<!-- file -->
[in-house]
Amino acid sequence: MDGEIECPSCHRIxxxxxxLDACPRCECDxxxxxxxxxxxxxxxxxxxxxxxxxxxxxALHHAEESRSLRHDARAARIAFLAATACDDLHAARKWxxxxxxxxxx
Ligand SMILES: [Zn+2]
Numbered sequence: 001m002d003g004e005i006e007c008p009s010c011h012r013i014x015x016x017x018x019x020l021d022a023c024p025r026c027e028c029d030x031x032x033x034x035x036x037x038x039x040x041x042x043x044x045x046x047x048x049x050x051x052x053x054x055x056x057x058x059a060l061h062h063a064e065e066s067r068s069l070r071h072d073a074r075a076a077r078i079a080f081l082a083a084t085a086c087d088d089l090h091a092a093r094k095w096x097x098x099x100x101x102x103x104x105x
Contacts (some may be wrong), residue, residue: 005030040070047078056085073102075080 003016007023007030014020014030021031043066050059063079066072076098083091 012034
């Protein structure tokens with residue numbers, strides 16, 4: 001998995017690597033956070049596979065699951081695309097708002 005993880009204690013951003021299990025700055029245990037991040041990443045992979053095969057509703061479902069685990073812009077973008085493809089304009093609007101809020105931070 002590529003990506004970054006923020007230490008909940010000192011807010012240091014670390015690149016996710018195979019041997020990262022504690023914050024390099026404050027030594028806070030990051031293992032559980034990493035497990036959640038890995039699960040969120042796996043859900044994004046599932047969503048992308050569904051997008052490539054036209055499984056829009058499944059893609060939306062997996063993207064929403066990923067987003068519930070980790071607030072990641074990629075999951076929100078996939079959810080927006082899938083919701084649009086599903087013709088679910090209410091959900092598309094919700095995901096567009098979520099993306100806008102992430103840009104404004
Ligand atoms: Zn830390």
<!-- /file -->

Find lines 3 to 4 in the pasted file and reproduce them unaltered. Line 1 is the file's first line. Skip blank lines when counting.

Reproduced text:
Ligand SMILES: [Zn+2]
Numbered sequence: 001m002d003g004e005i006e007c008p009s010c011h012r013i014x015x016x017x018x019x020l021d022a023c024p025r026c027e028c029d030x031x032x033x034x035x036x037x038x039x040x041x042x043x044x045x046x047x048x049x050x051x052x053x054x055x056x057x058x059a060l061h062h063a064e065e066s067r068s069l070r071h072d073a074r075a076a077r078i079a080f081l082a083a084t085a086c087d088d089l090h091a092a093r094k095w096x097x098x099x100x101x102x103x104x105x